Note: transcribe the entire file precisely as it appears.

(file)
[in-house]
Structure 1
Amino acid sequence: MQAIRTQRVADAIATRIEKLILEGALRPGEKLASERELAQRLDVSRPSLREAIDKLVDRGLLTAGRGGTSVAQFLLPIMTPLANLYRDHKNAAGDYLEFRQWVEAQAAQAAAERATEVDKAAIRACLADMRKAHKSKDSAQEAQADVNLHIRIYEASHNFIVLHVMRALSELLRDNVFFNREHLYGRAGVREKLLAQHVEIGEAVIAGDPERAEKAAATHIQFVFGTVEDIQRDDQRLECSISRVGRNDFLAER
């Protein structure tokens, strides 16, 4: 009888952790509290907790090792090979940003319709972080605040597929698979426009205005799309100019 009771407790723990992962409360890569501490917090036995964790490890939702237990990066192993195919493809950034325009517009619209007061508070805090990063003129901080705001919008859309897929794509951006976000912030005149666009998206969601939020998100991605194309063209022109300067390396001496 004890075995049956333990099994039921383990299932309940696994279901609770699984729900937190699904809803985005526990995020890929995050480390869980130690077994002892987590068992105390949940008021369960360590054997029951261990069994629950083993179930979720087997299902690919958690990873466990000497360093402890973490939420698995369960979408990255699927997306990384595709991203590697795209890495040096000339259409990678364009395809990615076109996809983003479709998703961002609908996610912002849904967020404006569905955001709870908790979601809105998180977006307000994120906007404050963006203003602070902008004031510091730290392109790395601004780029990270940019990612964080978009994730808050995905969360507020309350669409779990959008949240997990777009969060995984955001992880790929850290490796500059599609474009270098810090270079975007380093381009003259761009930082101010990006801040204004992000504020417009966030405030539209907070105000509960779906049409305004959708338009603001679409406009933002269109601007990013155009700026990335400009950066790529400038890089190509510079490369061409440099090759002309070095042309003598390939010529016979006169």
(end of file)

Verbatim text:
[in-house]
Structure 1
Amino acid sequence: MQAIRTQRVADAIATRIEKLILEGALRPGEKLASERELAQRLDVSRPSLREAIDKLVDRGLLTAGRGGTSVAQFLLPIMTPLANLYRDHKNAAGDYLEFRQWVEAQAAQAAAERATEVDKAAIRACLADMRKAHKSKDSAQEAQADVNLHIRIYEASHNFIVLHVMRALSELLRDNVFFNREHLYGRAGVREKLLAQHVEIGEAVIAGDPERAEKAAATHIQFVFGTVEDIQRDDQRLECSISRVGRNDFLAER
């Protein structure tokens, strides 16, 4: 009888952790509290907790090792090979940003319709972080605040597929698979426009205005799309100019 009771407790723990992962409360890569501490917090036995964790490890939702237990990066192993195919493809950034325009517009619209007061508070805090990063003129901080705001919008859309897929794509951006976000912030005149666009998206969601939020998100991605194309063209022109300067390396001496 004890075995049956333990099994039921383990299932309940696994279901609770699984729900937190699904809803985005526990995020890929995050480390869980130690077994002892987590068992105390949940008021369960360590054997029951261990069994629950083993179930979720087997299902690919958690990873466990000497360093402890973490939420698995369960979408990255699927997306990384595709991203590697795209890495040096000339259409990678364009395809990615076109996809983003479709998703961002609908996610912002849904967020404006569905955001709870908790979601809105998180977006307000994120906007404050963006203003602070902008004031510091730290392109790395601004780029990270940019990612964080978009994730808050995905969360507020309350669409779990959008949240997990777009969060995984955001992880790929850290490796500059599609474009270098810090270079975007380093381009003259761009930082101010990006801040204004992000504020417009966030405030539209907070105000509960779906049409305004959708338009603001679409406009933002269109601007990013155009700026990335400009950066790529400038890089190509510079490369061409440099090759002309070095042309003598390939010529016979006169």